Fourteen campuses in the North Carolina Community College system remain closed in Eastern North Carolina as officials assess storm damage in the wake of Hurricane Florence.
North Carolina Community College System President Peter Hans said locations from Fayetteville east to Morehead City have suffered flooding, downed trees, and roof damage, but the primary issues facing students, faculty and staff are impassable roads, lack of power, and displacement from the storm.
“I think that will improve over the course of this week and next, but that makes it difficult to know exactly when those colleges most affected can reopen,” he said.
Half of the fourteen schools now closed are slated to reopen next week, but for at least six, Hans said it's not clear when students and staff can come back.
“There is facility damage, but it is at least as much, if not more, about displaced students faculty and staff, only some of whom are able to return,” he said.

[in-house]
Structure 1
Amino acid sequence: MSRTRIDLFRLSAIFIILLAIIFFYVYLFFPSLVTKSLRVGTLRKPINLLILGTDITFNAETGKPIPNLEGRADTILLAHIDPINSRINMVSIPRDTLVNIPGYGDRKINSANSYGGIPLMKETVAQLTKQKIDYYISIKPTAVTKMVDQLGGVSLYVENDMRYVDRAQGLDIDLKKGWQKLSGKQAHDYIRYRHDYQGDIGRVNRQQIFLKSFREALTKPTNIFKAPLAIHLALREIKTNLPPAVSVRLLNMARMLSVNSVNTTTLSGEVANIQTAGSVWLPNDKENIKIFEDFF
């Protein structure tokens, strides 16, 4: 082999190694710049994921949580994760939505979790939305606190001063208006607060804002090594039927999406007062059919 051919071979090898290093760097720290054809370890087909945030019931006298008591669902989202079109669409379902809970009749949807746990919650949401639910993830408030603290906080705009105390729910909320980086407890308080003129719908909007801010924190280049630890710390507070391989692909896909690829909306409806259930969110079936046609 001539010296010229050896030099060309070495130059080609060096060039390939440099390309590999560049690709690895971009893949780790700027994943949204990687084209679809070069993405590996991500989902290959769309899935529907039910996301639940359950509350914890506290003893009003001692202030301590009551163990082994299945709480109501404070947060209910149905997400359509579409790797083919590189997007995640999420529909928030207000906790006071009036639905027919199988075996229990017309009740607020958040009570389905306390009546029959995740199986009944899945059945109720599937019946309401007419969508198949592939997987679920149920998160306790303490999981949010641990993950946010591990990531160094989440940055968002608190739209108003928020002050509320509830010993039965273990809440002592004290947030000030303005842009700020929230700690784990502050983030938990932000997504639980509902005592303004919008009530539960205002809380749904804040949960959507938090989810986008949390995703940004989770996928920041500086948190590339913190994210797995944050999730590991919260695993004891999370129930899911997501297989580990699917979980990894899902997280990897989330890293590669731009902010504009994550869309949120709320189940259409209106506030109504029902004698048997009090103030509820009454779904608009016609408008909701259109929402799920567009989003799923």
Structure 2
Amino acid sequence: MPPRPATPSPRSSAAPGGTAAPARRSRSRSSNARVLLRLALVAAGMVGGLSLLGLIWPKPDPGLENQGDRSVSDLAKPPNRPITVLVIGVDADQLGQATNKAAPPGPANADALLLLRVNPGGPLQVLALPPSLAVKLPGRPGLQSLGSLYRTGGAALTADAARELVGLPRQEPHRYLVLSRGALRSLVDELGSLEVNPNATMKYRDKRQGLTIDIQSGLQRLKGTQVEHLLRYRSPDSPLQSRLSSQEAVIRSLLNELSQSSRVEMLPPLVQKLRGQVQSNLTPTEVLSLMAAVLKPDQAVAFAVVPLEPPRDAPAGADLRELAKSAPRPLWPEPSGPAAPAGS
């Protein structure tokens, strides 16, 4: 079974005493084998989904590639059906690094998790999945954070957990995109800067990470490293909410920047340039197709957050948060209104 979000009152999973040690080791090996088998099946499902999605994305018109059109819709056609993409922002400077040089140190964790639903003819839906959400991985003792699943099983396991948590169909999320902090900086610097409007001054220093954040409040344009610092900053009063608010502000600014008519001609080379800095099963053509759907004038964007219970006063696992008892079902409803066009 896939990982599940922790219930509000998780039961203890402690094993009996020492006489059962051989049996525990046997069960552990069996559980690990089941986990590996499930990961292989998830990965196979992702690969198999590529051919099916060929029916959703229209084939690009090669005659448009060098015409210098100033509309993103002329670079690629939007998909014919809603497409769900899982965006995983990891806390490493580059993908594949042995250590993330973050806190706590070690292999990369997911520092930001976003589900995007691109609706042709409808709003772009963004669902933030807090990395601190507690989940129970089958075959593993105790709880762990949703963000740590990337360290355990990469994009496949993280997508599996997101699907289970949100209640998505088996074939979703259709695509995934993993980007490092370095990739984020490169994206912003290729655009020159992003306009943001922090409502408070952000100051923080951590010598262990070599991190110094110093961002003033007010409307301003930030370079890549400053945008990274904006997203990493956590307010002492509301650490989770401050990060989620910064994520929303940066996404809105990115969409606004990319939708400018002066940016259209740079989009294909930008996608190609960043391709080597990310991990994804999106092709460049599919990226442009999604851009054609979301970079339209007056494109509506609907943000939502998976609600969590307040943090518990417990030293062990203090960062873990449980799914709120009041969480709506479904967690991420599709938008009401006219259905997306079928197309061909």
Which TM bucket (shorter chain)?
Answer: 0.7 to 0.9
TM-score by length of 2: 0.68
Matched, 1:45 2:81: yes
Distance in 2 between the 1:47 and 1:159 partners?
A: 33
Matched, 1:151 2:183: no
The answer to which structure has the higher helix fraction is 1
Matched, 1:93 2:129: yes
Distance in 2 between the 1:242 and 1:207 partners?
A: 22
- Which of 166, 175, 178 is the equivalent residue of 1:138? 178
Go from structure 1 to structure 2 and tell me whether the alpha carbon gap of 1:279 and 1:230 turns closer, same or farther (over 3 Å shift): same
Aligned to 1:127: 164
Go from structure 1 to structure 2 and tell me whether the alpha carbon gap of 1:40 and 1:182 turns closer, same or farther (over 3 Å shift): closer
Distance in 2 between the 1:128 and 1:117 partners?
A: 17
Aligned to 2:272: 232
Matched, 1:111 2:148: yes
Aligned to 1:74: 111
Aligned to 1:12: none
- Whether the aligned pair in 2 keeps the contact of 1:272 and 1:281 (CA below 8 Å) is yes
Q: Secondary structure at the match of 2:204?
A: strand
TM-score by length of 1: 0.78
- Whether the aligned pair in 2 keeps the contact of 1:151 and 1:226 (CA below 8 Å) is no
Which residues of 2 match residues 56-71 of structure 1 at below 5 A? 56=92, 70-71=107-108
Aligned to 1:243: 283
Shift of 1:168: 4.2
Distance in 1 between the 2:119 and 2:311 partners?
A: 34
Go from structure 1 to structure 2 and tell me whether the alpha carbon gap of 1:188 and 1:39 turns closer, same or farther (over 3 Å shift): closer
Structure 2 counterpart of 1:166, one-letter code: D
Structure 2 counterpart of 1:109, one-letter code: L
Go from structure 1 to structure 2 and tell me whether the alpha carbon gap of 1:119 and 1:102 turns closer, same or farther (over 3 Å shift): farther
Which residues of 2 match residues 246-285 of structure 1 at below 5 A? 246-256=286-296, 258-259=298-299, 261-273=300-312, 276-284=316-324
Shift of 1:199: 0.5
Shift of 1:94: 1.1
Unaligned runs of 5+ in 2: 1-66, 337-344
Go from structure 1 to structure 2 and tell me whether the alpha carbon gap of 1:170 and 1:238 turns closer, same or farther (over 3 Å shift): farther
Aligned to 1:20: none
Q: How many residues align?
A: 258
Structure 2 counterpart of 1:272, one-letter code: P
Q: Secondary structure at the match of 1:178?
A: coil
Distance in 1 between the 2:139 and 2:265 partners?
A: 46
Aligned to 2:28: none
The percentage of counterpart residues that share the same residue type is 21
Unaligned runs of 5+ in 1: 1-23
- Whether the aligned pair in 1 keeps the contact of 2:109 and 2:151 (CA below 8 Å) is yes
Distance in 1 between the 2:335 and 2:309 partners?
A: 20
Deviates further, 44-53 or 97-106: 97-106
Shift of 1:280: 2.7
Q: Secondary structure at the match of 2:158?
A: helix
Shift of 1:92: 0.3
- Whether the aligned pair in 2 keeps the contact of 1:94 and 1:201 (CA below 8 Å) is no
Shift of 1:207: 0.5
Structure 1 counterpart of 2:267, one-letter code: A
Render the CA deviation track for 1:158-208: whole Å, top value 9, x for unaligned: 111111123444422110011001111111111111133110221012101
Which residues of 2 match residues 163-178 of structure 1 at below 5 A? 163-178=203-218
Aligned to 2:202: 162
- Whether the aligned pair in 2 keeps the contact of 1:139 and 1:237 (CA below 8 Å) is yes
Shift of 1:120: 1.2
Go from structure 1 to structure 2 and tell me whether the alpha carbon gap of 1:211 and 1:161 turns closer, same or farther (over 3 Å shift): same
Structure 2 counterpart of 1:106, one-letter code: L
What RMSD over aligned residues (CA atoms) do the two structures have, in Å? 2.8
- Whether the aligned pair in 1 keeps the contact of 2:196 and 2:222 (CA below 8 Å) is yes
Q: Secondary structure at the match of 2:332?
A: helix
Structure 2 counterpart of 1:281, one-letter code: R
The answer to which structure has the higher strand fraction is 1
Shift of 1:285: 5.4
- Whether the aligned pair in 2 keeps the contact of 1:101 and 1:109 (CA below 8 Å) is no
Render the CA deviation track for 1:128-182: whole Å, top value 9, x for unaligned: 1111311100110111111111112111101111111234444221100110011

Hans said campus leaders are working on a plan to support those who have lost homes or been displaced.
When classes do resume, Hans noted officials will have to adjust the academic calendar to make up for lost instructional time.
"Many colleges closed Tuesday or Wednesday of last week, and depending on how long they're closed, that's a significant block of time, " said Hans. "In order to maintain accreditation standards, we are going to need to add some time to classes, possibly shorten breaks, add days to the academic calendar, use some online options, [and] review various alternatives."
The North Carolina Community College system operates 58 campuses throughout the state. Hans said from the mountains to the coast, three dozen schools were impacted by the storm.